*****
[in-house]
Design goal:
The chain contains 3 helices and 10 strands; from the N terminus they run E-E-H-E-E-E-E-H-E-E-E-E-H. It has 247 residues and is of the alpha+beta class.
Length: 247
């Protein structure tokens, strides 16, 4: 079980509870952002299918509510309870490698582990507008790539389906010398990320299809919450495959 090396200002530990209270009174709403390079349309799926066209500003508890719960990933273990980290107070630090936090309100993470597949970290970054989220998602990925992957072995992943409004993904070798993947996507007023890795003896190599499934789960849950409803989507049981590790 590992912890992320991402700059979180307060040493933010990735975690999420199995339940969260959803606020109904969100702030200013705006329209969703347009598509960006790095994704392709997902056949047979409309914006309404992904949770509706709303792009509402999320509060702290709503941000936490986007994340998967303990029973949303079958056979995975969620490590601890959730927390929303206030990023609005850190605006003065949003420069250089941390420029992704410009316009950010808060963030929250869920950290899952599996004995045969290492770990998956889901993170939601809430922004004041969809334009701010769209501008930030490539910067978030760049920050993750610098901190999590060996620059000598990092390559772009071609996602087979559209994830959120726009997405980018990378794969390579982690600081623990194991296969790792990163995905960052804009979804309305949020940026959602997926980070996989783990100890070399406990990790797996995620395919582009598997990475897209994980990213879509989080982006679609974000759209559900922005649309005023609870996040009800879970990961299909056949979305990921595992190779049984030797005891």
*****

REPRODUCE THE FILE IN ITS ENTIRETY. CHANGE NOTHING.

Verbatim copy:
[in-house]
Design goal:
The chain contains 3 helices and 10 strands; from the N terminus they run E-E-H-E-E-E-E-H-E-E-E-E-H. It has 247 residues and is of the alpha+beta class.
Length: 247
């Protein structure tokens, strides 16, 4: 079980509870952002299918509510309870490698582990507008790539389906010398990320299809919450495959 090396200002530990209270009174709403390079349309799926066209500003508890719960990933273990980290107070630090936090309100993470597949970290970054989220998602990925992957072995992943409004993904070798993947996507007023890795003896190599499934789960849950409803989507049981590790 590992912890992320991402700059979180307060040493933010990735975690999420199995339940969260959803606020109904969100702030200013705006329209969703347009598509960006790095994704392709997902056949047979409309914006309404992904949770509706709303792009509402999320509060702290709503941000936490986007994340998967303990029973949303079958056979995975969620490590601890959730927390929303206030990023609005850190605006003065949003420069250089941390420029992704410009316009950010808060963030929250869920950290899952599996004995045969290492770990998956889901993170939601809430922004004041969809334009701010769209501008930030490539910067978030760049920050993750610098901190999590060996620059000598990092390559772009071609996602087979559209994830959120726009997405980018990378794969390579982690600081623990194991296969790792990163995905960052804009979804309305949020940026959602997926980070996989783990100890070399406990990790797996995620395919582009598997990475897209994980990213879509989080982006679609974000759209559900922005649309005023609870996040009800879970990961299909056949979305990921595992190779049984030797005891």